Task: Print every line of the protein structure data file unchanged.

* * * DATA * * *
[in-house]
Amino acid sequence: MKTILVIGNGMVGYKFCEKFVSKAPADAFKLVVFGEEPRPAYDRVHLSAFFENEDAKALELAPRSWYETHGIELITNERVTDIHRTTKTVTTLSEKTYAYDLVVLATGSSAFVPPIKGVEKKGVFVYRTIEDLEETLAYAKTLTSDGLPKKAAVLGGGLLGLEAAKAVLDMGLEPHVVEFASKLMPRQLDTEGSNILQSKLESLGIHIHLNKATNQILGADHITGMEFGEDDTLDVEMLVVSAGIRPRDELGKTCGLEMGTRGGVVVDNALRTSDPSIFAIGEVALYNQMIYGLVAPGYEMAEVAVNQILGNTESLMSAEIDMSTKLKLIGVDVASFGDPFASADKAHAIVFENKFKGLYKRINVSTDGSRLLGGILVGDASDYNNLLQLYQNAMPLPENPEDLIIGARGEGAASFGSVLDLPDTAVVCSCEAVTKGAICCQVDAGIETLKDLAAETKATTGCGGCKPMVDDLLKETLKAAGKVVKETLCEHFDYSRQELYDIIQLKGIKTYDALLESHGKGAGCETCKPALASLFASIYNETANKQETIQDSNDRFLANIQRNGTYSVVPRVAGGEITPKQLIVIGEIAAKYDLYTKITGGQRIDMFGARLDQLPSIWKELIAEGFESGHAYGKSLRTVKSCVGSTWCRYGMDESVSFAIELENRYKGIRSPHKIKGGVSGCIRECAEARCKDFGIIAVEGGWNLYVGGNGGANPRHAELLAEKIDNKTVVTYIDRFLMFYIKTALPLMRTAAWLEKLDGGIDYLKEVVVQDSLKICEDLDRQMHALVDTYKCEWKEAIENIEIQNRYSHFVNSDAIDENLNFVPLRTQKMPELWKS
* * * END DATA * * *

[in-house]
Amino acid sequence: MKTILVIGNGMVGYKFCEKFVSKAPADAFKLVVFGEEPRPAYDRVHLSAFFENEDAKALELAPRSWYETHGIELITNERVTDIHRTTKTVTTLSEKTYAYDLVVLATGSSAFVPPIKGVEKKGVFVYRTIEDLEETLAYAKTLTSDGLPKKAAVLGGGLLGLEAAKAVLDMGLEPHVVEFASKLMPRQLDTEGSNILQSKLESLGIHIHLNKATNQILGADHITGMEFGEDDTLDVEMLVVSAGIRPRDELGKTCGLEMGTRGGVVVDNALRTSDPSIFAIGEVALYNQMIYGLVAPGYEMAEVAVNQILGNTESLMSAEIDMSTKLKLIGVDVASFGDPFASADKAHAIVFENKFKGLYKRINVSTDGSRLLGGILVGDASDYNNLLQLYQNAMPLPENPEDLIIGARGEGAASFGSVLDLPDTAVVCSCEAVTKGAICCQVDAGIETLKDLAAETKATTGCGGCKPMVDDLLKETLKAAGKVVKETLCEHFDYSRQELYDIIQLKGIKTYDALLESHGKGAGCETCKPALASLFASIYNETANKQETIQDSNDRFLANIQRNGTYSVVPRVAGGEITPKQLIVIGEIAAKYDLYTKITGGQRIDMFGARLDQLPSIWKELIAEGFESGHAYGKSLRTVKSCVGSTWCRYGMDESVSFAIELENRYKGIRSPHKIKGGVSGCIRECAEARCKDFGIIAVEGGWNLYVGGNGGANPRHAELLAEKIDNKTVVTYIDRFLMFYIKTALPLMRTAAWLEKLDGGIDYLKEVVVQDSLKICEDLDRQMHALVDTYKCEWKEAIENIEIQNRYSHFVNSDAIDENLNFVPLRTQKMPELWKS